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For the first time in more than two decades, a team from the KEMRI-Wellcome Trust Research Programme and University of Oxford have quantified the risk of children suffering severe outcomes from malaria - which can have a devastating impact on tens of thousands of children who are admitted to hospital with severe malaria every year.

Mosquito on skin

The research analysed over 6000 paediatric hospital admissions from 35 hospitals across each Africa, matching patients to populations where the chances of childhood infection varied from very low to very high. They looked for typical indicators of severe disease in children, including anaemia, cerebral symptoms, and respiratory distress.

The Wellcome-funded study represents the first quantitative analysis of the relationship between community infection risks and admission rates with malaria for over 25 years. The authors report that when transmission is low, fewer than one child in every thousand will need to seek emergency care; this rose to 3-4 children in every thousand under high transmission. By quantifying the rate at which children are hospitalised under different transmission settings, the research allows hospitals to anticipate demand for paediatric emergency care using measures of community parasite exposure.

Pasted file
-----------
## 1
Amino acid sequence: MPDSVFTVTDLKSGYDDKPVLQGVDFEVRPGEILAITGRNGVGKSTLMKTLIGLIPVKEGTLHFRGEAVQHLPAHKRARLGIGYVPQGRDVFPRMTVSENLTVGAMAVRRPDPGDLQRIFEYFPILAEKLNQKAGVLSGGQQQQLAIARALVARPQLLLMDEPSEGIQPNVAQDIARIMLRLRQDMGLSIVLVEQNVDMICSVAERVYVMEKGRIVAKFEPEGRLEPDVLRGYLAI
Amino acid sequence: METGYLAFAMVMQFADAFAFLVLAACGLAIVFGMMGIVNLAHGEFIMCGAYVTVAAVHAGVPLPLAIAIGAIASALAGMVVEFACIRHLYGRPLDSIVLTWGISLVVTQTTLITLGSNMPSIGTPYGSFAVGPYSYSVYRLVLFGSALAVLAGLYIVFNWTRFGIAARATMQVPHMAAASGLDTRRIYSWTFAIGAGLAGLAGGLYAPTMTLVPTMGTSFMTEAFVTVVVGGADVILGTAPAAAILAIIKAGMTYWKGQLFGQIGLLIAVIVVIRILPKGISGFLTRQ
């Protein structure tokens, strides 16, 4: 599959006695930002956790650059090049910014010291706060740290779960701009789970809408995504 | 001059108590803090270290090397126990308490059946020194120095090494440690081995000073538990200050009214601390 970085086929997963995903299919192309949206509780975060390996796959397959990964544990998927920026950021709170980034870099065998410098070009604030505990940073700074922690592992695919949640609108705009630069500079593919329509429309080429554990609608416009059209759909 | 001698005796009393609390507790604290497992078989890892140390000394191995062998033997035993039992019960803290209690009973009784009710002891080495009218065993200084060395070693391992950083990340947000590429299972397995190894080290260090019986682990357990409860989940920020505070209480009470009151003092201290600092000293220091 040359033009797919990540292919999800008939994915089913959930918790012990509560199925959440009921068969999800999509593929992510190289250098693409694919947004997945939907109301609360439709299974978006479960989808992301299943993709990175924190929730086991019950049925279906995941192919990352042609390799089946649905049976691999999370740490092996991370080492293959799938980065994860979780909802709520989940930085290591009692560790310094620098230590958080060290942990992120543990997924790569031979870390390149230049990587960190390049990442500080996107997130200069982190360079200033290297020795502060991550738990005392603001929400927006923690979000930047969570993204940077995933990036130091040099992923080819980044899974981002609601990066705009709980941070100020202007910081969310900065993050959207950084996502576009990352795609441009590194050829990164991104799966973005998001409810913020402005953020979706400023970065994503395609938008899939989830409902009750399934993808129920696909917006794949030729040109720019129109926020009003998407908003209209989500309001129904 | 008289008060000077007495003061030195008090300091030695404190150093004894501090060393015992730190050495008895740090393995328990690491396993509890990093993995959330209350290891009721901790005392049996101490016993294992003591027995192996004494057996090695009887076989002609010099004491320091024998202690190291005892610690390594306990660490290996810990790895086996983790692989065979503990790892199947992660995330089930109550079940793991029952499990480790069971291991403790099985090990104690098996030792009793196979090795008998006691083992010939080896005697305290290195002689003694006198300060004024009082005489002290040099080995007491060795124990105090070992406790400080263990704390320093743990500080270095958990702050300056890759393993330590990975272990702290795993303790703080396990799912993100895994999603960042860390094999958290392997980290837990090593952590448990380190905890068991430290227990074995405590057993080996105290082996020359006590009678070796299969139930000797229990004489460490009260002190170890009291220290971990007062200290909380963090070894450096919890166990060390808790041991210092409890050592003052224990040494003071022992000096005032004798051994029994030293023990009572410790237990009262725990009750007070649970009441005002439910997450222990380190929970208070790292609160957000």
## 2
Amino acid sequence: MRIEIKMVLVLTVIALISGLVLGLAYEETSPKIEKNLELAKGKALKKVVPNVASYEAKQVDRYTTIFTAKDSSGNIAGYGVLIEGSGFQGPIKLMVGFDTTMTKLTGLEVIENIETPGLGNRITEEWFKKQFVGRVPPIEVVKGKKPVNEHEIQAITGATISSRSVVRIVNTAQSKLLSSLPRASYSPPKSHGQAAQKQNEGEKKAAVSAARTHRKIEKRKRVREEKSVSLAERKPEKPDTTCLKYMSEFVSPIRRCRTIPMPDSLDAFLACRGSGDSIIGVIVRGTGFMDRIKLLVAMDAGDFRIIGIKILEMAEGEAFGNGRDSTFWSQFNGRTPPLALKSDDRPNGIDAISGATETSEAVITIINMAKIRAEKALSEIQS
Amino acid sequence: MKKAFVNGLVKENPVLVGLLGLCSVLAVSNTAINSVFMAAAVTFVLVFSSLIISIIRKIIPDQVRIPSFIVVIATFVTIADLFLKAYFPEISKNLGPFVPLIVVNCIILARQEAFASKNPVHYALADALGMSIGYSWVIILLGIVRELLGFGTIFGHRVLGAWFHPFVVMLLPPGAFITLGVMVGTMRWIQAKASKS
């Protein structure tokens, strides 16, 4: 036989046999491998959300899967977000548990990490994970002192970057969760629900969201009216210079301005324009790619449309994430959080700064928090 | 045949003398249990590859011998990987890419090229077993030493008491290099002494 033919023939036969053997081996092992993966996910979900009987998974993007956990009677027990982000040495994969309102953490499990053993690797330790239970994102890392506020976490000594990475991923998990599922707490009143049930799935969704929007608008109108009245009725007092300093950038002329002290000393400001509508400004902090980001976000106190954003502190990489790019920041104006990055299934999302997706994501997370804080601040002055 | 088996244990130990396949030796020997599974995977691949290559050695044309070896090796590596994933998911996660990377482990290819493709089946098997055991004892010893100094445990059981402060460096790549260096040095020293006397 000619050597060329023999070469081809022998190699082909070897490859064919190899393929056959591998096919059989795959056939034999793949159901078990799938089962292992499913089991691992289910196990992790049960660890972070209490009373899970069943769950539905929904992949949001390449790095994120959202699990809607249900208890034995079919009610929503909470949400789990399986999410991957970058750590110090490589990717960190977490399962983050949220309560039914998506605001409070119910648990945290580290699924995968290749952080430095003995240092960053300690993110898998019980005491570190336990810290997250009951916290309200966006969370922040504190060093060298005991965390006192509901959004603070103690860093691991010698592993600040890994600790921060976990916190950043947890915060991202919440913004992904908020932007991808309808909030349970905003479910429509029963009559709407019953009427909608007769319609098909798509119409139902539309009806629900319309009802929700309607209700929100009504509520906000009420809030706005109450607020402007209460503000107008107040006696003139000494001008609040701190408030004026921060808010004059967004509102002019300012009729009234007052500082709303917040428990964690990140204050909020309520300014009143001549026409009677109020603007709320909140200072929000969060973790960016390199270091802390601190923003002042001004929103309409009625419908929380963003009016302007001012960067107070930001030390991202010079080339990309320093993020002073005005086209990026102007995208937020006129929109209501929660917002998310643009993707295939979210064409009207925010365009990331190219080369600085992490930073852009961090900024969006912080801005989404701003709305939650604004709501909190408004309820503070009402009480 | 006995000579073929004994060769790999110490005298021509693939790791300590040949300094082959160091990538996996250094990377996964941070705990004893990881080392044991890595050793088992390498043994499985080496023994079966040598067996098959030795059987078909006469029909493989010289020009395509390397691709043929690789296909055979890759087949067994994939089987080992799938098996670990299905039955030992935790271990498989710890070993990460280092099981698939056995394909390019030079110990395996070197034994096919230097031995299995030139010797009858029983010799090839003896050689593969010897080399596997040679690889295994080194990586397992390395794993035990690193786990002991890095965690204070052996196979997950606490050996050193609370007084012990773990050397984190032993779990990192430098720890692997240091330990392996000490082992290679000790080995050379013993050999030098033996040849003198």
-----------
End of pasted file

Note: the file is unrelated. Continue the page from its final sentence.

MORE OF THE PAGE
• If we can reduce malaria transmission by a quarter we can halve the rate of children needing emergency care for severe, life-threatening malaria.
  • Supports the current intervention policies - that are focusing on younger children - as the most effective strategy for preventing severe malaria disease.
  • Help in understanding and predicting the age-pattern at which children are hospitalised under different settings, so resources can be focused on the children with the highest risk of needing emergency care.

"Across Africa tens of thousands of children are admitted every year to hospital with severe malaria posing a heavy burden on the health system. Our findings support continued our efforts to reduce the infection risks in children under five years of age rather than worrying this would delay the development of immunity" - Dr Alice Kamau from KWTRP

"There have been concerns that with a reduction in malaria transmission through intervention would lead to a delayed immunity, shifting the malaria burden into older age groups. Our data show that the age of severe malaria is shifted to older age groups with declining transmission intensity. Despite this shift to older children in lower transmission settings, the overall severe malaria burden remains very low and severe malaria remains predominantly a problem of children below five years of age" - Professor Bob Snow

Read the publication 'Malaria infection and severe disease risks in Africa' on the Science website

The full story is available on the University of Oxford website

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